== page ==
IMG-20180217-WA0008 002jpg

The next thing to contend with is the hacks. We don’t have any proper ones – yet. Our budget was blown when we ordered the stones and other kit, so we are making do with a couple of wooden door-wedges which we fix into the ice using two-inch screws. Pilot holes have to be drilled first, we found that running the screws straight into the ice just cracked it. This is one advantage in playing single-ended curling, you don’t have to un-drill your hacks after every end! The final challenge is the ice itself – it isn’t flat. The five or six feet nearest the barriers is slightly lower – by over an inch from the central plateau, this is a feature caused by lazy flooding, and whilst it isn’t an issue for the skaters, it does mean that stones approaching the house have to be going at just the right speed to be able to stop and not then run three feet further than intended and out the back. We found that the solution to this problem is to not pebble the slope, and this adds a modicum of friction, but makes the surface tricky to walk or slide on if you are wearing a slippy sole.

The ice sheet has one final, and possibly unique feature. The lighting is quite dim and the walls of the room are painted black so visibility isn’t great. The lighting system is designed to give a cavernous party atmosphere for skaters and is linked to a music system (which we isolate) and the lights should change to the beat of the music. They give the place a red, blue, green or yellow hue with random white spotlights. It reminds me of a Santa’s Grotto. We found out very early that whenever a stone hits another the resulting sound triggers a change of lighting and the whole ambience alters! It can be particularly interesting if a take-out stone goes into a crowded house and rummels up a number of stones. We might have to warn epilepsy sufferers that this isn’t the location for them! Whilst on the subject of sound, we have been asked to try and keep the noise down from 12.00 until 12.15 during the Dhuhr prayer time.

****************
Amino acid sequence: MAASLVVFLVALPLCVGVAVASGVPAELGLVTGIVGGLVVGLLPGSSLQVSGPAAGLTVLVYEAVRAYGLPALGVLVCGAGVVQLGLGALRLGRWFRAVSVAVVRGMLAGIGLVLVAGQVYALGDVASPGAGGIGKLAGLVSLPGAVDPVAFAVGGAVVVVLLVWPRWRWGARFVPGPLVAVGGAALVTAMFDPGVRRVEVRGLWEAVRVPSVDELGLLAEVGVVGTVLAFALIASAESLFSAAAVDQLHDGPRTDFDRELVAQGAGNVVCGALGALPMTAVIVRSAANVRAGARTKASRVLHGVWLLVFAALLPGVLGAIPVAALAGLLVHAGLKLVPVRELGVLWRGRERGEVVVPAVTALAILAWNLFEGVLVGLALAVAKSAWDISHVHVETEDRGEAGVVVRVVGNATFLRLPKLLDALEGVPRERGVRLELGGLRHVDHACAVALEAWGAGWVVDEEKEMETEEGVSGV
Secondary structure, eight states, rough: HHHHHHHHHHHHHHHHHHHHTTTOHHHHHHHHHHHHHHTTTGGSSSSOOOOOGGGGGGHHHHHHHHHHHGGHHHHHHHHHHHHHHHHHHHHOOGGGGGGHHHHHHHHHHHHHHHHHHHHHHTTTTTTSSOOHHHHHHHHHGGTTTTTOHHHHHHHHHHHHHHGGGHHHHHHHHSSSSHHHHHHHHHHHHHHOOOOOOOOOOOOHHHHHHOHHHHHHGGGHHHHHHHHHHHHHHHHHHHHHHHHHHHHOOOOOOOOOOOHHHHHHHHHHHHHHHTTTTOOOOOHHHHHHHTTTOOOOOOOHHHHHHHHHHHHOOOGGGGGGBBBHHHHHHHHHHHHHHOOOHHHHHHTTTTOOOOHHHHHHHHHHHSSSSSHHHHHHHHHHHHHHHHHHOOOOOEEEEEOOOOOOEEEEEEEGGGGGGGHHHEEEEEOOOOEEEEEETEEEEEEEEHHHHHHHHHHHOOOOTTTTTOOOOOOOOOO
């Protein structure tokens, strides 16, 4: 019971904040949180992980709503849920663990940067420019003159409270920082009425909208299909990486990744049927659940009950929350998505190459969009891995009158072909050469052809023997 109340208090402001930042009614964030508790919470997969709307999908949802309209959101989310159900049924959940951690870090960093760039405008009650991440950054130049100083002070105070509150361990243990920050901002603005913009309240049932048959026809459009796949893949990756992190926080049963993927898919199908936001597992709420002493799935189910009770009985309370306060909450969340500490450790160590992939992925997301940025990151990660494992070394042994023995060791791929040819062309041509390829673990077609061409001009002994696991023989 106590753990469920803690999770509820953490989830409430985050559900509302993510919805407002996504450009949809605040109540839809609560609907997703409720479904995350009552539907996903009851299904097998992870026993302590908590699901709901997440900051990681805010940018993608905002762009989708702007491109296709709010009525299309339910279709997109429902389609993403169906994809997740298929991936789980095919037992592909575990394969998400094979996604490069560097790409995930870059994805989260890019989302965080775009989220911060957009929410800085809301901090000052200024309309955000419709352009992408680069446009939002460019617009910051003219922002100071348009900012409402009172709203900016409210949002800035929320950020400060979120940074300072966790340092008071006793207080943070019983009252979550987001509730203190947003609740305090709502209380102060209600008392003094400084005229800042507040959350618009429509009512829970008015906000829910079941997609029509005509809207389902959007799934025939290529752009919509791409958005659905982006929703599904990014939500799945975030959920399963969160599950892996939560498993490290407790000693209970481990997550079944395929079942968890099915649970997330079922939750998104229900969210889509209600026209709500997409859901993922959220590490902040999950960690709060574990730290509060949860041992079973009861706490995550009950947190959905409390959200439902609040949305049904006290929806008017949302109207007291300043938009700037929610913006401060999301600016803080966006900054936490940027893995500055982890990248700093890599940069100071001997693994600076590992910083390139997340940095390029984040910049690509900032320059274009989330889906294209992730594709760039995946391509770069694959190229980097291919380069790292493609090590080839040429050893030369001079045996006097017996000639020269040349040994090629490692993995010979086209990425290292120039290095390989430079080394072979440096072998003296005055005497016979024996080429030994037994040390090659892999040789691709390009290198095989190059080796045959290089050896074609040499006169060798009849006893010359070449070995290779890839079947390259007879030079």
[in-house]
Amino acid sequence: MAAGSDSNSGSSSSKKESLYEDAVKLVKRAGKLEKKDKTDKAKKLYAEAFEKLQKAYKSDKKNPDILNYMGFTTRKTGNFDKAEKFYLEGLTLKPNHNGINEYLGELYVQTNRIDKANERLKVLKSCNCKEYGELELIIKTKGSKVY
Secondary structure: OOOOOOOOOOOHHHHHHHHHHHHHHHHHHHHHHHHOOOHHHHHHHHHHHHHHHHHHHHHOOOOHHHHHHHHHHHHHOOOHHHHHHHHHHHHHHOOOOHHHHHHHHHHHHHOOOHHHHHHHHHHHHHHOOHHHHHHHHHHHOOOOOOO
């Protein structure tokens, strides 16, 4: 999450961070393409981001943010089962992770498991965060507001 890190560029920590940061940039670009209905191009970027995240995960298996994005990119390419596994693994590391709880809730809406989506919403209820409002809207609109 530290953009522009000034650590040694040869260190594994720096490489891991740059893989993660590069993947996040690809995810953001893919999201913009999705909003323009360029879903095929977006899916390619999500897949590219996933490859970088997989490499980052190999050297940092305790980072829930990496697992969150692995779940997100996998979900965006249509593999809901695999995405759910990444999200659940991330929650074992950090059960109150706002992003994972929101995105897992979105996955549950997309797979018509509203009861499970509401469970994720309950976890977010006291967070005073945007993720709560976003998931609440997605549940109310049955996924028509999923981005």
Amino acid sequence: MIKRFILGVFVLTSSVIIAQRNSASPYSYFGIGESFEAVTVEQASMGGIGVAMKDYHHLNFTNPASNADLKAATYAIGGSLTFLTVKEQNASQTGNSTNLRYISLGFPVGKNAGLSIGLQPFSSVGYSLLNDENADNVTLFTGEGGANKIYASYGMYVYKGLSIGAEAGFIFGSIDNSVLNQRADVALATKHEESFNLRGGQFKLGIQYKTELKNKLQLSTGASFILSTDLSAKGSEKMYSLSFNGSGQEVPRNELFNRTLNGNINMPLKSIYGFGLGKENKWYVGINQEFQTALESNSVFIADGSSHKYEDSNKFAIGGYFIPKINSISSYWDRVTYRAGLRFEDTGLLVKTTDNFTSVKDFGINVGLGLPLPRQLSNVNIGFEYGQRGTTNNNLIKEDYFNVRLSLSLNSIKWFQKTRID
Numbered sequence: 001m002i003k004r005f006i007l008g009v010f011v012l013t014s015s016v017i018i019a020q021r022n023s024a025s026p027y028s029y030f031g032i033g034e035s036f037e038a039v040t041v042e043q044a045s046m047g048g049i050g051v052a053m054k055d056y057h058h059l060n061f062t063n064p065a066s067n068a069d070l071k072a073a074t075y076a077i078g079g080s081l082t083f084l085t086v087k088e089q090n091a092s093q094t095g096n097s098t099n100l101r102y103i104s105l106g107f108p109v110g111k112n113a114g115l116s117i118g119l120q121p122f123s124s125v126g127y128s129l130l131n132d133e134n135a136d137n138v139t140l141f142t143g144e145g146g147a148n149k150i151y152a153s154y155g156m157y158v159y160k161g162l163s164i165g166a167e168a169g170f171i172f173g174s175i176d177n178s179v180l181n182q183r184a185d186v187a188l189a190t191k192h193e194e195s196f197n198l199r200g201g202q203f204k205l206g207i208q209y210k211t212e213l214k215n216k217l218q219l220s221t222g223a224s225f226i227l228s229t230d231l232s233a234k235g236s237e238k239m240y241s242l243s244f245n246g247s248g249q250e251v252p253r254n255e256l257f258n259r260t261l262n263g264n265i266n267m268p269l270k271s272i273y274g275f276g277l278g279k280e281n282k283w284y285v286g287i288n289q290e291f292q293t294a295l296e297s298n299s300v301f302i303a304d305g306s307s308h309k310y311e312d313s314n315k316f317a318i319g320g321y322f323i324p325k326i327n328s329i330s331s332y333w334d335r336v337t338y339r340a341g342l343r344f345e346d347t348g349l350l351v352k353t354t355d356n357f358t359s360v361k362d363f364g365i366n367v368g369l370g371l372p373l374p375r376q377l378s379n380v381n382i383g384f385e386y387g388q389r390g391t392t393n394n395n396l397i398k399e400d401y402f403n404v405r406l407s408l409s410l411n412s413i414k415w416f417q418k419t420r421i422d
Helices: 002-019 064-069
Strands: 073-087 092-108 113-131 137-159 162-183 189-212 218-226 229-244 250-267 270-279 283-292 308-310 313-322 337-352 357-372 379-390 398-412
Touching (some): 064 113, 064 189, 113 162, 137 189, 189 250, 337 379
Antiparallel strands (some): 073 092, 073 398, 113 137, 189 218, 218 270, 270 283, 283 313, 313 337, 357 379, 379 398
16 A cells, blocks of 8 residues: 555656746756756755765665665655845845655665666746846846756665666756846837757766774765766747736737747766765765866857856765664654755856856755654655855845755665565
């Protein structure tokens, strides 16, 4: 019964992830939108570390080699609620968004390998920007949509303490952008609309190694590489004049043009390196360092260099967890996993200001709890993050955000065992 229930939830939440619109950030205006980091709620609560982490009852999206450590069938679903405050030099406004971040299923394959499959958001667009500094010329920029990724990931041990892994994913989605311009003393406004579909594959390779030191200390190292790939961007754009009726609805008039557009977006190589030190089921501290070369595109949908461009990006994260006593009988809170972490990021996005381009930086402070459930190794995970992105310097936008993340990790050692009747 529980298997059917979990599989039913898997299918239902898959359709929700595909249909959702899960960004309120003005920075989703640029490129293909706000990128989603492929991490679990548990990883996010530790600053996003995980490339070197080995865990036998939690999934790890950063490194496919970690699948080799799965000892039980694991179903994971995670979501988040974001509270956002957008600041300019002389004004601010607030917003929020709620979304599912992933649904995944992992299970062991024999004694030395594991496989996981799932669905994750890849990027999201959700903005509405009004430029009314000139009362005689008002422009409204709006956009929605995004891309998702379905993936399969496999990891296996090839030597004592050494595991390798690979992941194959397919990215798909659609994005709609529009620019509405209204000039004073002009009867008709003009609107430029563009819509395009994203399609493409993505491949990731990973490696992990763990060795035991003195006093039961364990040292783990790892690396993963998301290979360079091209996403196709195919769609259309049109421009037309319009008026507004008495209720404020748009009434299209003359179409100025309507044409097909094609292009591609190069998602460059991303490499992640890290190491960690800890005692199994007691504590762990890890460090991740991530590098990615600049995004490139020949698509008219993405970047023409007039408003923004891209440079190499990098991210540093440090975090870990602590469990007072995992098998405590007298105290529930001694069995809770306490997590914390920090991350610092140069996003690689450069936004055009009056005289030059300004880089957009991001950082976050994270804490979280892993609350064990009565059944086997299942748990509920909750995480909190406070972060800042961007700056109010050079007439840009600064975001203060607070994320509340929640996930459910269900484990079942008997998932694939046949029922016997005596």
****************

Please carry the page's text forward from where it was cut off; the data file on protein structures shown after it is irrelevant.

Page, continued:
We have a scoreboard as well. This is a simple affair, a whiteboard bought at a local hardware shop (as was the drill, measure and extendable multi-use stick (used for circle scratching and six-foot measures etc)). The board has had black electrical insulation tape attached to show up to two match scores. A different use for the extendable stick is to dig the stones out of the ice before play. This unusual activity is necessary because the stones live away from the ice and are placed there on the Friday night by the staff for us. Overnight they cool down, with heat transferring to the ice around them and melting it and the stones settle lower and by the time we get there on the Saturday morning can be up to an inch down from where they started and are frozen in. Once removed, there are 32 mini craters at the edge of the sheet and these are a veritable trip hazard for the unwary. We have 20 brushes and the same number of slippy sole siders, and this concludes our kit.

I am currently back in the UK and at home, so I will spend some shed-time and make up some proper hacks. I also have a few orders from Saudi curlers for personal kit, including delivery sticks to buy and transport back. So, there you are – coarse curling. We have to start somewhere! But the most important thing is that people are really enjoying playing the sport, and we can’t buy that.

IMG-20180217-WA0007 002jpg

Contacting us is straightforward

* Email:

* Call Alastair Fyfe directly on 07785 370074 (UK) or +966 503095212